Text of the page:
WINDSOR, Clarendon:THE IMPORTANCE of farmers and other community members partnering with the police was highlighted as a key step to curbing rural crimes, including the scourge of praedial larceny, during Monday's launch of the Windsor Farmers' Watch in Clarendon.
Farmers' Watch, the first of which was launched in Rock River in the parish last May, is fashioned off the principle of like-minded people in a community working to address a common problem or problems - in this case, all rural crimes. Essential to this is a good working relationship between local police and community members, who must step up their level of awareness and responsibility. This includes reporting suspicious activity and also doing essential things like closing and locking front doors and educating children and domestic workers about safety precautions.
However, for maximum effect, this must be done in partnership with the police, a point made by Corporal Dean Cover of the Rock River Police Station and reinforced by Senior Superintendent of Police Michael Bailey during the launch.
Cover, who reported that his community had seen an 80 per cent decline in praedial larceny since inception of the programme, urged others to come on board by forming Farmers' Watch groups, but he warned that effectiveness was linked to cooperation with the police.
NO VIGILANTE JUSTICE
He issued this appeal: "We are not in support of vigilante justice. If you know of or see (crimes), please inform the police. Let the police do what they have to do, what they are trained for, please, because we don't want lives to be lost innocently. I am not saying that you can't arrest (detain) the person, but do so without abusing them, I implore you."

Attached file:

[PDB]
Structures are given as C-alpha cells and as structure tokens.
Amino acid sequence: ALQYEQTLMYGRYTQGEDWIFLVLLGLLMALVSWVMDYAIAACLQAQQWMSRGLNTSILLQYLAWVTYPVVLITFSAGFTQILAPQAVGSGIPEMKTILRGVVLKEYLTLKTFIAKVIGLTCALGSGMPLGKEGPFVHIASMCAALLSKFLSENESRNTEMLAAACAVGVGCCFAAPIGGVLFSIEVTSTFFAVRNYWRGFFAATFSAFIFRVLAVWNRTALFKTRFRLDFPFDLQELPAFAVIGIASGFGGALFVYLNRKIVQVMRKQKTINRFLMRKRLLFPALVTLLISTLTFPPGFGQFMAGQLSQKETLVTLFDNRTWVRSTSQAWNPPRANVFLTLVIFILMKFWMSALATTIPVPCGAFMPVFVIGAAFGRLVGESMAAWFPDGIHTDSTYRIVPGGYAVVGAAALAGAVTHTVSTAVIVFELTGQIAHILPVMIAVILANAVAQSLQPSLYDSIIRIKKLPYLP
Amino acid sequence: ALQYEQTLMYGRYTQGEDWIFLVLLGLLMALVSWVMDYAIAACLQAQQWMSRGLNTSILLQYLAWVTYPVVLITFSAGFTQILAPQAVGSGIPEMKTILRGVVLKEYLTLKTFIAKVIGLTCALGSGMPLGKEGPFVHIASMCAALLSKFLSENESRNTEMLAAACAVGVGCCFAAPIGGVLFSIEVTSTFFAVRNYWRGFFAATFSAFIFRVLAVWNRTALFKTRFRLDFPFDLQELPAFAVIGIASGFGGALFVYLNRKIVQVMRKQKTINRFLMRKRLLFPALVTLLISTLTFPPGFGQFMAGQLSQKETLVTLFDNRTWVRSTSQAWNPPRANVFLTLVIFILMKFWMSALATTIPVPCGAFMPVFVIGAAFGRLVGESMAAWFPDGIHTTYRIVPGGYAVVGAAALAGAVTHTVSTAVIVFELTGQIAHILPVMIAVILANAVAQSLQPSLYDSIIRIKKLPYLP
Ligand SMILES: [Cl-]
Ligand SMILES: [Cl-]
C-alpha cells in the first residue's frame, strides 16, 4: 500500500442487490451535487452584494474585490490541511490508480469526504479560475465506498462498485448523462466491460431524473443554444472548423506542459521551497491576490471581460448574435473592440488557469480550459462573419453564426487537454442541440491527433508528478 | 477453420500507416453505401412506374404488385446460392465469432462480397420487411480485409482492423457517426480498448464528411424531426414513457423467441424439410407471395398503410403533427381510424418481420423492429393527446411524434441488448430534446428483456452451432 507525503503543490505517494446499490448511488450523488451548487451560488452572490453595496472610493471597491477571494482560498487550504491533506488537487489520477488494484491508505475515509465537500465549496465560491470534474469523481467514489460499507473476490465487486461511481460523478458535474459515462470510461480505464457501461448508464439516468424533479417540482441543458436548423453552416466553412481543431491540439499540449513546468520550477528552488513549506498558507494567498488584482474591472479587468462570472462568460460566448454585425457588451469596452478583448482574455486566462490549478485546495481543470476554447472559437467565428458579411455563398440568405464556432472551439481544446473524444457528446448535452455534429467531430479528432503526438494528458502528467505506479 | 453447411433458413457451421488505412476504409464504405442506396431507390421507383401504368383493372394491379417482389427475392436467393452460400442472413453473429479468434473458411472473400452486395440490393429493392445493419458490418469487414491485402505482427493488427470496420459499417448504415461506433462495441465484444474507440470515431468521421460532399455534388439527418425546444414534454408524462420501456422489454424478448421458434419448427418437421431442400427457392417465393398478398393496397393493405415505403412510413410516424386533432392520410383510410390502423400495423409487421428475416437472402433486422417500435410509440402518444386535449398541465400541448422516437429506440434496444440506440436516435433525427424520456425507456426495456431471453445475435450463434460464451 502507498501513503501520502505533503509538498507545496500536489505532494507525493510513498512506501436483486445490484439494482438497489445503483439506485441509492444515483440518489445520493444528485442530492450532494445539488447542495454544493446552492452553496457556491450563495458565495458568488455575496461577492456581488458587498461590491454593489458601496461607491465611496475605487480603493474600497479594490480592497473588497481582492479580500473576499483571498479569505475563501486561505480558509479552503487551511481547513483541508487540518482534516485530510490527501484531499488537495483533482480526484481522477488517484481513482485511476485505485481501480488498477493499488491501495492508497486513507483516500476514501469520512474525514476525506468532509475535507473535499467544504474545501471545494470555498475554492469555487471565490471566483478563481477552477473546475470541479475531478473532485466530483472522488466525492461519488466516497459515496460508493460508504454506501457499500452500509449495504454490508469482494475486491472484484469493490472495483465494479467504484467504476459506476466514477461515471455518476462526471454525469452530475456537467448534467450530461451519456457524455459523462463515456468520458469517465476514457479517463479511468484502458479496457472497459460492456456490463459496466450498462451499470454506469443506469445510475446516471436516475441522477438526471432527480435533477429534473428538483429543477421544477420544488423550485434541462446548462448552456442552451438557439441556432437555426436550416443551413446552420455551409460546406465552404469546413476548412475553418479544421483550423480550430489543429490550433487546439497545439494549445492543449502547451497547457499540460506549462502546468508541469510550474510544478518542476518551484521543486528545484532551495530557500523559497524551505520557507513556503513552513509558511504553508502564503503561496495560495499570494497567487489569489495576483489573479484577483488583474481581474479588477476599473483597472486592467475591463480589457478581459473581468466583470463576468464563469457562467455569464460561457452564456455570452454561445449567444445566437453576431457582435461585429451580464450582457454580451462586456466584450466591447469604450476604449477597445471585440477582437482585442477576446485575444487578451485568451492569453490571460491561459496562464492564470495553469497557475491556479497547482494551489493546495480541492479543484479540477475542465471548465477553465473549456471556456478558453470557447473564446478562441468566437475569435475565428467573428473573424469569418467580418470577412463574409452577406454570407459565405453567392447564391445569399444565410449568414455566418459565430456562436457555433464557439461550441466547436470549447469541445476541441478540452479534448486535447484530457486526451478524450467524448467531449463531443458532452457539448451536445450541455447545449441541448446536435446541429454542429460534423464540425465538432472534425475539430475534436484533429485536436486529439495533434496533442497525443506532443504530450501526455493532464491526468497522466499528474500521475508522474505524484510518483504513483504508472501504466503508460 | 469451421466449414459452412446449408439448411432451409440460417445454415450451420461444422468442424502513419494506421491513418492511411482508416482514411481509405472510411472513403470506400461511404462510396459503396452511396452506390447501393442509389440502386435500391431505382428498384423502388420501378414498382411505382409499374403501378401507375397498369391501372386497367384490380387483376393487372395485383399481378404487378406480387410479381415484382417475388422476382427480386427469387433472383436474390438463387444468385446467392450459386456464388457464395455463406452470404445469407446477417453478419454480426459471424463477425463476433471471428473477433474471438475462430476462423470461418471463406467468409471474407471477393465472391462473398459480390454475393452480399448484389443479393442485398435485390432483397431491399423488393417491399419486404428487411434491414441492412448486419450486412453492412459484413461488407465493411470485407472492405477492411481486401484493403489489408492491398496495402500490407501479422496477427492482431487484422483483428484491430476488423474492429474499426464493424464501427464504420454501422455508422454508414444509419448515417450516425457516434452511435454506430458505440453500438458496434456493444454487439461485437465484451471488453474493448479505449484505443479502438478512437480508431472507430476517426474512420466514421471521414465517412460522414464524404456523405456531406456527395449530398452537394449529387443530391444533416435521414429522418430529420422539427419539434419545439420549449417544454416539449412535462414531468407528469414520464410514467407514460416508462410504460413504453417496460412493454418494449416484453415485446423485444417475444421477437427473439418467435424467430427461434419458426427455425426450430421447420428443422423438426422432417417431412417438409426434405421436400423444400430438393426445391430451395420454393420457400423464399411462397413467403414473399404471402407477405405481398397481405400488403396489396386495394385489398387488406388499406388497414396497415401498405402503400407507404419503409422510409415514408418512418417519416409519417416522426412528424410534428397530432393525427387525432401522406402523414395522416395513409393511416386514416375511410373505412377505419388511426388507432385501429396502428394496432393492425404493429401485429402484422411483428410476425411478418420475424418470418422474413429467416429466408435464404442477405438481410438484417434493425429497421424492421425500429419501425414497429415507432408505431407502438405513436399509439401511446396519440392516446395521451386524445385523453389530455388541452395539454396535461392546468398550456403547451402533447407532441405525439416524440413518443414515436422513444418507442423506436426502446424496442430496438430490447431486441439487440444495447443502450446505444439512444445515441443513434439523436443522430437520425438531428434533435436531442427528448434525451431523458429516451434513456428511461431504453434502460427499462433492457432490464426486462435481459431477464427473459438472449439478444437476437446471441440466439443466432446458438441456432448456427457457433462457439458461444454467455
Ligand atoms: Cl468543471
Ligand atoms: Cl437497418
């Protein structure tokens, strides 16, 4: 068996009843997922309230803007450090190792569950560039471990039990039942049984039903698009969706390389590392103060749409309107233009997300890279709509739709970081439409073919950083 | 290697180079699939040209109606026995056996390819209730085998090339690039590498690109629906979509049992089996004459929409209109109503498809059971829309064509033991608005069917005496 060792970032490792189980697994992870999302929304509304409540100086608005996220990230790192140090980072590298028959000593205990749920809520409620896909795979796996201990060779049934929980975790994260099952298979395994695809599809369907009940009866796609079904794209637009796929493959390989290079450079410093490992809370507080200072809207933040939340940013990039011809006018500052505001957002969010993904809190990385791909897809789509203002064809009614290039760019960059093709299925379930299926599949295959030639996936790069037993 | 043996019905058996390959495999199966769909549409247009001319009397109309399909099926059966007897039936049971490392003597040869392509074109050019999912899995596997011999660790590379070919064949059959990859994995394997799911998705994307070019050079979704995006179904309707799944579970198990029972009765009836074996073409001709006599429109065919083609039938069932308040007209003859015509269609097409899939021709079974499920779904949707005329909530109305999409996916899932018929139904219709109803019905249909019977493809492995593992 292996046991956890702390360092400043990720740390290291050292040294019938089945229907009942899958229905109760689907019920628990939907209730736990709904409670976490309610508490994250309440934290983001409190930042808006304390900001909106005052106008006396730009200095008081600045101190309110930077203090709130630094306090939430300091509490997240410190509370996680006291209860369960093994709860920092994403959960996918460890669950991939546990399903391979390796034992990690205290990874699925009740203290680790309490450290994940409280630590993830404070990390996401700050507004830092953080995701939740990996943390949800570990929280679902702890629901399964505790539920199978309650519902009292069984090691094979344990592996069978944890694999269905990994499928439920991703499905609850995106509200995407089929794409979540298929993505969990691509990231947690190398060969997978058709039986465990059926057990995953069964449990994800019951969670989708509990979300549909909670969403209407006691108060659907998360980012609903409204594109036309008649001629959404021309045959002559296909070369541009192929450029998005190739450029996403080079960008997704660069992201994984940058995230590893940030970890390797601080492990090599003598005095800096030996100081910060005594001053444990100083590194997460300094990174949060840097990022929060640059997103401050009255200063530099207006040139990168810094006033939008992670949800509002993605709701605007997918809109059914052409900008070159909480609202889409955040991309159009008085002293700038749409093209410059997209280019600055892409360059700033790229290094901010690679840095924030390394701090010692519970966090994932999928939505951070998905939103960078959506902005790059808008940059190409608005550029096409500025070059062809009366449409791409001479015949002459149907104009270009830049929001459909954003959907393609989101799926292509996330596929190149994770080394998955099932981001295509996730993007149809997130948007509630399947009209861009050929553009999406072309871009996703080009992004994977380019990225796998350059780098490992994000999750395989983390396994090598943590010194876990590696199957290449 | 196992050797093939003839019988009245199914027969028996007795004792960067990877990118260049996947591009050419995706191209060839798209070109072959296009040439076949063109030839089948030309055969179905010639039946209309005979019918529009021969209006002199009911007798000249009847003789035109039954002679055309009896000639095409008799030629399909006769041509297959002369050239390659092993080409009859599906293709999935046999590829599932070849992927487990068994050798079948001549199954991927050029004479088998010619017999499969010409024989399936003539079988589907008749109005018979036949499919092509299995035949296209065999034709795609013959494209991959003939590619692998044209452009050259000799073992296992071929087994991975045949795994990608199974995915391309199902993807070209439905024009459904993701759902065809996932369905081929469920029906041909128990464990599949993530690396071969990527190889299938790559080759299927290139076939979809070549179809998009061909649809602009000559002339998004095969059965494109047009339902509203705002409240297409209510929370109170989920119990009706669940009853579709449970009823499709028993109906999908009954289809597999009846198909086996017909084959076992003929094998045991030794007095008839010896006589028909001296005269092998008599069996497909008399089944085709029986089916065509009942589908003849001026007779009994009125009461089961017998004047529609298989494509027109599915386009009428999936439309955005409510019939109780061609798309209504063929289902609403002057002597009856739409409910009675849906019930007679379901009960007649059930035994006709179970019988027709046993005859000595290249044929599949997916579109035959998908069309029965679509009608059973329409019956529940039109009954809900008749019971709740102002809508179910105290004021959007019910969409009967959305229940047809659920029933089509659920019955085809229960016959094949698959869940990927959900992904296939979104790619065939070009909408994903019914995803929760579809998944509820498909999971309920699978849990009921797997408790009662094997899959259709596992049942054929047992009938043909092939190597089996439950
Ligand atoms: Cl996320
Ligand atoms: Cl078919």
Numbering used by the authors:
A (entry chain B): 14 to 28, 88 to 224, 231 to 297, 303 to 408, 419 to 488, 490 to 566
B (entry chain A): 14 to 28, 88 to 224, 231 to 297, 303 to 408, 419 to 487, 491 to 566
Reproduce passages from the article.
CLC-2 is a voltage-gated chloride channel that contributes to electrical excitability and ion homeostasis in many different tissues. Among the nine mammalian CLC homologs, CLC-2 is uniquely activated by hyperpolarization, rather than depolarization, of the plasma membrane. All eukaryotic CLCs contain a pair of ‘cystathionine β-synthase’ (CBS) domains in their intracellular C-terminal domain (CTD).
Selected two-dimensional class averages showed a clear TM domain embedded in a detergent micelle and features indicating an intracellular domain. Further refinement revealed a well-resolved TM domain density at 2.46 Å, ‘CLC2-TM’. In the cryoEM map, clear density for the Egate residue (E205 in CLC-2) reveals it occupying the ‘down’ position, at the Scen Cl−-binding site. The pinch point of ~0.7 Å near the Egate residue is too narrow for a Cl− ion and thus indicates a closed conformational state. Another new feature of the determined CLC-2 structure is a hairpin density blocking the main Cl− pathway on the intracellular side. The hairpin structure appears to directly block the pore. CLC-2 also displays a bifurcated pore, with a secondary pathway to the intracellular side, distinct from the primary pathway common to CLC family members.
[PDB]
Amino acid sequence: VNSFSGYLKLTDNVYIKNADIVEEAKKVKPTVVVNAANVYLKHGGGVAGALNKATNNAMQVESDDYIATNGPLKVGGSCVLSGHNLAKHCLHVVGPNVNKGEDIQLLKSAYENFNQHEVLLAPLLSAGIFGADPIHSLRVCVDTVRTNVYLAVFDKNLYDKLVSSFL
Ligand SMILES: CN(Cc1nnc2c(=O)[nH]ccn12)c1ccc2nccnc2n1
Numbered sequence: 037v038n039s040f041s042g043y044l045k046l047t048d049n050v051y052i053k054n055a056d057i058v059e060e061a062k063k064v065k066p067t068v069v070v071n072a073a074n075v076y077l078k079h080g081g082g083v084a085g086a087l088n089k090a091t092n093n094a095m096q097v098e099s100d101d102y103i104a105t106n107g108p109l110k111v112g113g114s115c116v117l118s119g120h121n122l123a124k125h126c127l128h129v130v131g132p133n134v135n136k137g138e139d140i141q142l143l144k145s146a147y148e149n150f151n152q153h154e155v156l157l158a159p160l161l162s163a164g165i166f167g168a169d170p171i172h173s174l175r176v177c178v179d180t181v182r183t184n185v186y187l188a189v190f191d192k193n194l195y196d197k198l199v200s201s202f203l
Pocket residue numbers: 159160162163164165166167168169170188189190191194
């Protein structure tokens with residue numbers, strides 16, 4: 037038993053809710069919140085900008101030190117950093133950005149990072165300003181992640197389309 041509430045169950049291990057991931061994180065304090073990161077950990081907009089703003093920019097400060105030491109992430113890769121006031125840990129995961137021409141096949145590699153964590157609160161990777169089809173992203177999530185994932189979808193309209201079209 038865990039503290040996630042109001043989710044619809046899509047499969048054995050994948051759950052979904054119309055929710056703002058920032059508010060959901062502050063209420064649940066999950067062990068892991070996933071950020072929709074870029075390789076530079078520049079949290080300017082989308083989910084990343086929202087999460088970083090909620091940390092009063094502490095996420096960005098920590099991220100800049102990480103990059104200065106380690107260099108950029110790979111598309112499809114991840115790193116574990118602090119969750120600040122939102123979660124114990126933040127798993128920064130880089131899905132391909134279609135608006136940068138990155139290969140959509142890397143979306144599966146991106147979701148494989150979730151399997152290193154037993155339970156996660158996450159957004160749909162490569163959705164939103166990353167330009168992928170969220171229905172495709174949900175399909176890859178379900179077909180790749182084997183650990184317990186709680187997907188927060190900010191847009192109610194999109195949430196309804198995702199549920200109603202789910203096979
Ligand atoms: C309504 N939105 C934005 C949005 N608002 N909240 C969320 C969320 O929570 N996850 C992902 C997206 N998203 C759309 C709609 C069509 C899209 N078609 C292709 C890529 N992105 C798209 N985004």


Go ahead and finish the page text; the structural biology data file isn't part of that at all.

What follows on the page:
Meanwhile, Reginald Grant, praedial larceny prevention coordinator, explained that Farmers' Watch speaks to all rural crimes and is designed, among other things, to foster good relationships between neighbours and with the local police - united in the common commitment to prevent/reduce the incidence of theft and vandalism of property.
Key to this, he explained, is adherence to use of the receipt-book system, which dictates that receipts must be issued for all agricultural crops and livestock sold. He warned that the police force would be stepping up its efforts to crack down on praedial larceny, and those operating outside of the law would find themselves in trouble.
Most persons reacted with surprise and disbelief when the retired assistance commissioner of police told them the fine for selling agricultural produce without a receipt is $250,000.
"A lie!" one woman responded when a friend explained. "Fi you owna sitten?"
Explaining that it would not be business as usual, Grant went on to also warn those buying farm produce to be also wary. "If you are not getting a receipt from the seller, don't buy it because the produce could be stolen."